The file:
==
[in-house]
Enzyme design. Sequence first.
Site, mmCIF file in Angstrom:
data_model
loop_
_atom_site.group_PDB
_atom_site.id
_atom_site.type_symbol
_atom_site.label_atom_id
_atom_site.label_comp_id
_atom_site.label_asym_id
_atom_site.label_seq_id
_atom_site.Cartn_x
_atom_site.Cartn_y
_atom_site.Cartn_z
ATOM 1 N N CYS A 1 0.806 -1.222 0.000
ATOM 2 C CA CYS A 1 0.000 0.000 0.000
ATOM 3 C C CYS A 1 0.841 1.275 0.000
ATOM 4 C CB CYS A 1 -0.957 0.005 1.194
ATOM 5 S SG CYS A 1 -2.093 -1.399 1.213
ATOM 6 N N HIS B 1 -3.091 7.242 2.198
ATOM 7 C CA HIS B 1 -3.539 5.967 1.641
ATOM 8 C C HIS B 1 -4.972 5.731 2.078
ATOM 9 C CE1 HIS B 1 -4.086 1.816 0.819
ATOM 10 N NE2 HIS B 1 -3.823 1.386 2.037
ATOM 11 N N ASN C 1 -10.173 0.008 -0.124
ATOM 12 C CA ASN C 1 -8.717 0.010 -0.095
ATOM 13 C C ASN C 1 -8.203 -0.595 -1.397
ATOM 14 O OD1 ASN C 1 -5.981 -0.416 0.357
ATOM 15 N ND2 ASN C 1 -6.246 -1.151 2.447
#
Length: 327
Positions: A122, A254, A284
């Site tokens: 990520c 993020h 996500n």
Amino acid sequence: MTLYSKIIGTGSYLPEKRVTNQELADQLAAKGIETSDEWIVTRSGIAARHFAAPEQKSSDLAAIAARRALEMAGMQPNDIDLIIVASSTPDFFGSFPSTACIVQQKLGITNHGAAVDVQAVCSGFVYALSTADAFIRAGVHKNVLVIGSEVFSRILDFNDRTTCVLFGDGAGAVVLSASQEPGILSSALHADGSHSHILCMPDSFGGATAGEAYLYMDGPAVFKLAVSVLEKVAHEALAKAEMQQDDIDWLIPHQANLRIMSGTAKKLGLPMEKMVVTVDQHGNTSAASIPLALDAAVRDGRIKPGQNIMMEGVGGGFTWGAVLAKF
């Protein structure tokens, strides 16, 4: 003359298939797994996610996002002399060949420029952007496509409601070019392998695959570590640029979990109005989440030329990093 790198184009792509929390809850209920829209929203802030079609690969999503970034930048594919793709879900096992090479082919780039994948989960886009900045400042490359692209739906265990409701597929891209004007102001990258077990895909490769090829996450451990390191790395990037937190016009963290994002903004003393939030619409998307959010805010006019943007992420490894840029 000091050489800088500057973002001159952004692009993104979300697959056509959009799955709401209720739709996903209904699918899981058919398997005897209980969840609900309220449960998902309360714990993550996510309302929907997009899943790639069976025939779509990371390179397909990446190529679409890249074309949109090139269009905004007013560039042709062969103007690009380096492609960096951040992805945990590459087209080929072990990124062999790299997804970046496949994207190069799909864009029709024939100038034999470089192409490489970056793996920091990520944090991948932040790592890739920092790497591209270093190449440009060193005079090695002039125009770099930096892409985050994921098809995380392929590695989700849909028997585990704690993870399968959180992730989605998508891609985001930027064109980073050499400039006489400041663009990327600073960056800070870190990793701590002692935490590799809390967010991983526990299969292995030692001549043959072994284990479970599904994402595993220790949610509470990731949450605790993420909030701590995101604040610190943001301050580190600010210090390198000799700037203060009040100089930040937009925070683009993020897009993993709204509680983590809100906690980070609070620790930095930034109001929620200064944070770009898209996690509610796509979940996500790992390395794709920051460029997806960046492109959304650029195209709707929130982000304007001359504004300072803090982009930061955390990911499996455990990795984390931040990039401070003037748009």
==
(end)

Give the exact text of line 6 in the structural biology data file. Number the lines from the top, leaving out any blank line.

_atom_site.group_PDB